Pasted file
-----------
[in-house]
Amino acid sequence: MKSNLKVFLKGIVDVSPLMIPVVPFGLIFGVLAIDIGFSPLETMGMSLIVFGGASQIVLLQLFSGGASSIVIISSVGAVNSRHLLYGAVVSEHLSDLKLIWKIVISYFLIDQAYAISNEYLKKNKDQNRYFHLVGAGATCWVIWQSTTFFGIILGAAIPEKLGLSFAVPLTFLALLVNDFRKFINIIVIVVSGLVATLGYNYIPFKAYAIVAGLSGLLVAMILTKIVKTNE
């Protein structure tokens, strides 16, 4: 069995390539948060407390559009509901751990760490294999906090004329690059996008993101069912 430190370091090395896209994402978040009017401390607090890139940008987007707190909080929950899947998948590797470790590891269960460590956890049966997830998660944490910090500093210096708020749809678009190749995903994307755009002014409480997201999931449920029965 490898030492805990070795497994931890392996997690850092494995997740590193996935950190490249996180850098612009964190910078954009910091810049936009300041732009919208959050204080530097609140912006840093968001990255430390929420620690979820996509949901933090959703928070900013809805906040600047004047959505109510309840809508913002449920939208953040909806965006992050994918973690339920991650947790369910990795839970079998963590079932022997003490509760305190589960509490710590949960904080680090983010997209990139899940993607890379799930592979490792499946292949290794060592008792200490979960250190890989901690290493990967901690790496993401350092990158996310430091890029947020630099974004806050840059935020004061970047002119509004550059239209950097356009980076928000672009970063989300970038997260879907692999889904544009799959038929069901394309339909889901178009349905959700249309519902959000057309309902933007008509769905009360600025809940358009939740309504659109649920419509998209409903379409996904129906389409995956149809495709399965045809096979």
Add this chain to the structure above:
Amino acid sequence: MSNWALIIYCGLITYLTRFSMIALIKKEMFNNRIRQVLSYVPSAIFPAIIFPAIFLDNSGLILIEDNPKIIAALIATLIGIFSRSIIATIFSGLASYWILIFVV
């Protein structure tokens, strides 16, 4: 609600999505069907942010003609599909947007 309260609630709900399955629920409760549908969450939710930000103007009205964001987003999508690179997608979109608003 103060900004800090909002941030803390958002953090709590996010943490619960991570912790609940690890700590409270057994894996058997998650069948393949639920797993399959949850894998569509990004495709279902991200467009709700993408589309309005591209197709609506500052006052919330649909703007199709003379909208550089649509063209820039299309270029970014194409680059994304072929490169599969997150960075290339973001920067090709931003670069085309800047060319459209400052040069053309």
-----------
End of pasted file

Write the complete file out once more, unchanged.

[in-house]
Amino acid sequence: MKSNLKVFLKGIVDVSPLMIPVVPFGLIFGVLAIDIGFSPLETMGMSLIVFGGASQIVLLQLFSGGASSIVIISSVGAVNSRHLLYGAVVSEHLSDLKLIWKIVISYFLIDQAYAISNEYLKKNKDQNRYFHLVGAGATCWVIWQSTTFFGIILGAAIPEKLGLSFAVPLTFLALLVNDFRKFINIIVIVVSGLVATLGYNYIPFKAYAIVAGLSGLLVAMILTKIVKTNE
């Protein structure tokens, strides 16, 4: 069995390539948060407390559009509901751990760490294999906090004329690059996008993101069912 430190370091090395896209994402978040009017401390607090890139940008987007707190909080929950899947998948590797470790590891269960460590956890049966997830998660944490910090500093210096708020749809678009190749995903994307755009002014409480997201999931449920029965 490898030492805990070795497994931890392996997690850092494995997740590193996935950190490249996180850098612009964190910078954009910091810049936009300041732009919208959050204080530097609140912006840093968001990255430390929420620690979820996509949901933090959703928070900013809805906040600047004047959505109510309840809508913002449920939208953040909806965006992050994918973690339920991650947790369910990795839970079998963590079932022997003490509760305190589960509490710590949960904080680090983010997209990139899940993607890379799930592979490792499946292949290794060592008792200490979960250190890989901690290493990967901690790496993401350092990158996310430091890029947020630099974004806050840059935020004061970047002119509004550059239209950097356009980076928000672009970063989300970038997260879907692999889904544009799959038929069901394309339909889901178009349905959700249309519902959000057309309902933007008509769905009360600025809940358009939740309504659109649920419509998209409903379409996904129906389409995956149809495709399965045809096979």
Add this chain to the structure above:
Amino acid sequence: MSNWALIIYCGLITYLTRFSMIALIKKEMFNNRIRQVLSYVPSAIFPAIIFPAIFLDNSGLILIEDNPKIIAALIATLIGIFSRSIIATIFSGLASYWILIFVV
């Protein structure tokens, strides 16, 4: 609600999505069907942010003609599909947007 309260609630709900399955629920409760549908969450939710930000103007009205964001987003999508690179997608979109608003 103060900004800090909002941030803390958002953090709590996010943490619960991570912790609940690890700590409270057994894996058997998650069948393949639920797993399959949850894998569509990004495709279902991200467009709700993408589309309005591209197709609506500052006052919330649909703007199709003379909208550089649509063209820039299309270029970014194409680059994304072929490169599969997150960075290339973001920067090709931003670069085309800047060319459209400052040069053309």